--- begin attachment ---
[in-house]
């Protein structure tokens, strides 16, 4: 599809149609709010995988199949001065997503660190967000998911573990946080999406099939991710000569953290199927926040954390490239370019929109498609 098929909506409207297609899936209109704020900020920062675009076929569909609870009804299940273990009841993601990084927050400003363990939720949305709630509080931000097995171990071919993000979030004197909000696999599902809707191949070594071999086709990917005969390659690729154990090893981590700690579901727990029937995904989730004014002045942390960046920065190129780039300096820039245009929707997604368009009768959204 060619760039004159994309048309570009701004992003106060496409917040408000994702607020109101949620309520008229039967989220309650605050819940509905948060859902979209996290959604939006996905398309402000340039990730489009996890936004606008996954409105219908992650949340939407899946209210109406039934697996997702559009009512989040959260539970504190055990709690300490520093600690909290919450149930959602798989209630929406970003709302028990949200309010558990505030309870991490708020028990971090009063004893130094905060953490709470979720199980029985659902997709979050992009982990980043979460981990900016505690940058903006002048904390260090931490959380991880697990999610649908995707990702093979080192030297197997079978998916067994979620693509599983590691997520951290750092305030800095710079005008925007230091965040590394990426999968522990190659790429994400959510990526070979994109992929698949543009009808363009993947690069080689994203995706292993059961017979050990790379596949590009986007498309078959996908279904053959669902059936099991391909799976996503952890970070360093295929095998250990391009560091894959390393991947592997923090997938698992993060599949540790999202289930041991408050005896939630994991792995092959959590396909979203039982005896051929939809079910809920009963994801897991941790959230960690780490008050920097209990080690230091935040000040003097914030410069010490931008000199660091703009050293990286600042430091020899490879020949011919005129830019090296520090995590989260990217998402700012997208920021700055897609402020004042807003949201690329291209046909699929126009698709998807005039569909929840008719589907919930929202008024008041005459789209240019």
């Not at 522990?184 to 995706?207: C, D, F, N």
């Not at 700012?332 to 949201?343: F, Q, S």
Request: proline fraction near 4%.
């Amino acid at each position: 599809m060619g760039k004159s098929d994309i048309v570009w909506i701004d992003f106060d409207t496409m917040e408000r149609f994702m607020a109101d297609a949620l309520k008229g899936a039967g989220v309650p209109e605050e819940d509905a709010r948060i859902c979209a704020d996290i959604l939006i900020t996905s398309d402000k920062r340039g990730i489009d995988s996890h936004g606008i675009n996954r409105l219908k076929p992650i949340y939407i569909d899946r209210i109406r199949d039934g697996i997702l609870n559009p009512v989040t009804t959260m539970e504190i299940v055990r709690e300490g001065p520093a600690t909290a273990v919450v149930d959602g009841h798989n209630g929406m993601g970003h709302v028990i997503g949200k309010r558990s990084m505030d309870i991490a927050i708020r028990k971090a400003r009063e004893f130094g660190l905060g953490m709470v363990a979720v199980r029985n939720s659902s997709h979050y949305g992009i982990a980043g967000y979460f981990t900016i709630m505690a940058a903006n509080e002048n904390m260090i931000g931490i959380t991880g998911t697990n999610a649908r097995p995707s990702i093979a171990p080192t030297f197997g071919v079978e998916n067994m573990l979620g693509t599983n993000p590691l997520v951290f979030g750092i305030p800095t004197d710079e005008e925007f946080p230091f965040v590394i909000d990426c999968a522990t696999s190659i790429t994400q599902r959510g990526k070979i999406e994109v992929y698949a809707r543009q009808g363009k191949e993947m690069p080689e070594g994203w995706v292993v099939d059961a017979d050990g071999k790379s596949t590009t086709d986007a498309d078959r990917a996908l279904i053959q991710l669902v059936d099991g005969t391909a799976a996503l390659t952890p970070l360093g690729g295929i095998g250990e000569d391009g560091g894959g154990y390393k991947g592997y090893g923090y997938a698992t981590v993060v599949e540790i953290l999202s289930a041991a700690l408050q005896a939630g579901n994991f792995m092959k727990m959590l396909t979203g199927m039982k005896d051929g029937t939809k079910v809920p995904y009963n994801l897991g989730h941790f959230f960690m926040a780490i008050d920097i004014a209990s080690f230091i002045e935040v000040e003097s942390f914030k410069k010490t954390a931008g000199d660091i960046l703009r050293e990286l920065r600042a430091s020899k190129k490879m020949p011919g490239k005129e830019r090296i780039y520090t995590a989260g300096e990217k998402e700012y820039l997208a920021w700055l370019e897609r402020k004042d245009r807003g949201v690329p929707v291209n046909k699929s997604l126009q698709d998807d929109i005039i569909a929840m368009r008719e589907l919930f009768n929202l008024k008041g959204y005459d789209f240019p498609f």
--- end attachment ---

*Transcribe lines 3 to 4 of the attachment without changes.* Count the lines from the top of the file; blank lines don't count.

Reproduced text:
């Not at 522990?184 to 995706?207: C, D, F, N």
């Not at 700012?332 to 949201?343: F, Q, S």